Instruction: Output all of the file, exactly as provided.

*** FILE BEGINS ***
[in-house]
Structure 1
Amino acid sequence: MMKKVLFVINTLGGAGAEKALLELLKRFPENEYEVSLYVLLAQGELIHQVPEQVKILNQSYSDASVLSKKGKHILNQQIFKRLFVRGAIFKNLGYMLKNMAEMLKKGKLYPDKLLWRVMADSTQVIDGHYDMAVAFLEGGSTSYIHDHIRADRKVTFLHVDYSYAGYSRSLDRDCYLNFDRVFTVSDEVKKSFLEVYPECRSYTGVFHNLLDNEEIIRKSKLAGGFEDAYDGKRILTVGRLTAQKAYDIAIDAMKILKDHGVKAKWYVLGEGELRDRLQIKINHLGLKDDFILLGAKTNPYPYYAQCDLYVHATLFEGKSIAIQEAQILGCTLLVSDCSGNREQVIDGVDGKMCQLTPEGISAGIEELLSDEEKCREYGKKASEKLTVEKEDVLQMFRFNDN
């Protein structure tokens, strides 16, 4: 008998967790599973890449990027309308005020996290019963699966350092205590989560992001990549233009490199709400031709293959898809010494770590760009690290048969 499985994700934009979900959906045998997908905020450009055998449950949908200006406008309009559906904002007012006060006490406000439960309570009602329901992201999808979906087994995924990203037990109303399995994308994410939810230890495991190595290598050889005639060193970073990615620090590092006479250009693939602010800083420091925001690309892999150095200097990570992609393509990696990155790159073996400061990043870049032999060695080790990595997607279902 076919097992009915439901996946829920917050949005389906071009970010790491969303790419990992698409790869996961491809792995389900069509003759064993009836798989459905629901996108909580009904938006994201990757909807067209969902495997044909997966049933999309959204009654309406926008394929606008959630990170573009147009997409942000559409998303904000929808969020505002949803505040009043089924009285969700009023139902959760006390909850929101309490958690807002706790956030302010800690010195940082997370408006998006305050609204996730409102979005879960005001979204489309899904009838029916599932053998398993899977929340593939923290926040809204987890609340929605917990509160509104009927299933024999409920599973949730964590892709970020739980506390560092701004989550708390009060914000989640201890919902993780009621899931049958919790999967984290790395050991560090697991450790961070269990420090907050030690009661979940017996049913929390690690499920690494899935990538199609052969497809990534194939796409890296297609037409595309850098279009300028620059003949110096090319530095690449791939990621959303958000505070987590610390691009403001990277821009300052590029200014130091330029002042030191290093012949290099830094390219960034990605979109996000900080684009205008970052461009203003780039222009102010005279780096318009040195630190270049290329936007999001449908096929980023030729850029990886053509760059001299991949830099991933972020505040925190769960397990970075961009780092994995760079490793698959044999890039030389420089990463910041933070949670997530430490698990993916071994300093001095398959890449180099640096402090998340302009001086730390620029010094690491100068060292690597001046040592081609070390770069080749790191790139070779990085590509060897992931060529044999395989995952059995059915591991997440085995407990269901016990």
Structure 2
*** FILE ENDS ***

[in-house]
Structure 1
Amino acid sequence: MMKKVLFVINTLGGAGAEKALLELLKRFPENEYEVSLYVLLAQGELIHQVPEQVKILNQSYSDASVLSKKGKHILNQQIFKRLFVRGAIFKNLGYMLKNMAEMLKKGKLYPDKLLWRVMADSTQVIDGHYDMAVAFLEGGSTSYIHDHIRADRKVTFLHVDYSYAGYSRSLDRDCYLNFDRVFTVSDEVKKSFLEVYPECRSYTGVFHNLLDNEEIIRKSKLAGGFEDAYDGKRILTVGRLTAQKAYDIAIDAMKILKDHGVKAKWYVLGEGELRDRLQIKINHLGLKDDFILLGAKTNPYPYYAQCDLYVHATLFEGKSIAIQEAQILGCTLLVSDCSGNREQVIDGVDGKMCQLTPEGISAGIEELLSDEEKCREYGKKASEKLTVEKEDVLQMFRFNDN
């Protein structure tokens, strides 16, 4: 008998967790599973890449990027309308005020996290019963699966350092205590989560992001990549233009490199709400031709293959898809010494770590760009690290048969 499985994700934009979900959906045998997908905020450009055998449950949908200006406008309009559906904002007012006060006490406000439960309570009602329901992201999808979906087994995924990203037990109303399995994308994410939810230890495991190595290598050889005639060193970073990615620090590092006479250009693939602010800083420091925001690309892999150095200097990570992609393509990696990155790159073996400061990043870049032999060695080790990595997607279902 076919097992009915439901996946829920917050949005389906071009970010790491969303790419990992698409790869996961491809792995389900069509003759064993009836798989459905629901996108909580009904938006994201990757909807067209969902495997044909997966049933999309959204009654309406926008394929606008959630990170573009147009997409942000559409998303904000929808969020505002949803505040009043089924009285969700009023139902959760006390909850929101309490958690807002706790956030302010800690010195940082997370408006998006305050609204996730409102979005879960005001979204489309899904009838029916599932053998398993899977929340593939923290926040809204987890609340929605917990509160509104009927299933024999409920599973949730964590892709970020739980506390560092701004989550708390009060914000989640201890919902993780009621899931049958919790999967984290790395050991560090697991450790961070269990420090907050030690009661979940017996049913929390690690499920690494899935990538199609052969497809990534194939796409890296297609037409595309850098279009300028620059003949110096090319530095690449791939990621959303958000505070987590610390691009403001990277821009300052590029200014130091330029002042030191290093012949290099830094390219960034990605979109996000900080684009205008970052461009203003780039222009102010005279780096318009040195630190270049290329936007999001449908096929980023030729850029990886053509760059001299991949830099991933972020505040925190769960397990970075961009780092994995760079490793698959044999890039030389420089990463910041933070949670997530430490698990993916071994300093001095398959890449180099640096402090998340302009001086730390620029010094690491100068060292690597001046040592081609070390770069080749790191790139070779990085590509060897992931060529044999395989995952059995059915591991997440085995407990269901016990």
Structure 2